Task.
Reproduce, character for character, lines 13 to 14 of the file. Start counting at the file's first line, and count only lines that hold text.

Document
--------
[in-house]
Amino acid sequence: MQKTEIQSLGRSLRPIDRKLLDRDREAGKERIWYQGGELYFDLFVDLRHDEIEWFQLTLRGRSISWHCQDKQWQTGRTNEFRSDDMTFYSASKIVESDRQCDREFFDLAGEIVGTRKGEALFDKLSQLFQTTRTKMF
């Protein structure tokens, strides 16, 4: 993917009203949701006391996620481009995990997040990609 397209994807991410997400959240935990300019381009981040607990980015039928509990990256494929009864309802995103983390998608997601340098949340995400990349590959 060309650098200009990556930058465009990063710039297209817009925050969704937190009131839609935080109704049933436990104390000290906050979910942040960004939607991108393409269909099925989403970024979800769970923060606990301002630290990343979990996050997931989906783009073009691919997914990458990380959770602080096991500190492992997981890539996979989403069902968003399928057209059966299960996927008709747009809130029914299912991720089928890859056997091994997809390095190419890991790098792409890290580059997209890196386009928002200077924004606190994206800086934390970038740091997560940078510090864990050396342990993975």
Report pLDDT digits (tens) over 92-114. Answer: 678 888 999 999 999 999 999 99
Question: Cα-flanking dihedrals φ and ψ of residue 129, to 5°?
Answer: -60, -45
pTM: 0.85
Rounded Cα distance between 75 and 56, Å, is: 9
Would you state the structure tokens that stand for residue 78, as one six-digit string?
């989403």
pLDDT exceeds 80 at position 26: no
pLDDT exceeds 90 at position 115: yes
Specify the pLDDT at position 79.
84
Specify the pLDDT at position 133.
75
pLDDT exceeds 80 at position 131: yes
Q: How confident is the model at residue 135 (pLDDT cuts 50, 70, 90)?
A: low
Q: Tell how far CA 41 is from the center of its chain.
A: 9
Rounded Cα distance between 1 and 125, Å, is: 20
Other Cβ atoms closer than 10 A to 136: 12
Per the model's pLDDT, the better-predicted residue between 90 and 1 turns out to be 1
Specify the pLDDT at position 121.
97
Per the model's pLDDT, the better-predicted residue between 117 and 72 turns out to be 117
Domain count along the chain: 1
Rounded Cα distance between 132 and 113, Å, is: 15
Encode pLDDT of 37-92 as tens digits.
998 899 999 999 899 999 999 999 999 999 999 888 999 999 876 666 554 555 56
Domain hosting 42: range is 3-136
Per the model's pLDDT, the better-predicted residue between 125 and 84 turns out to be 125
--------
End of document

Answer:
Specify the pLDDT at position 79.
84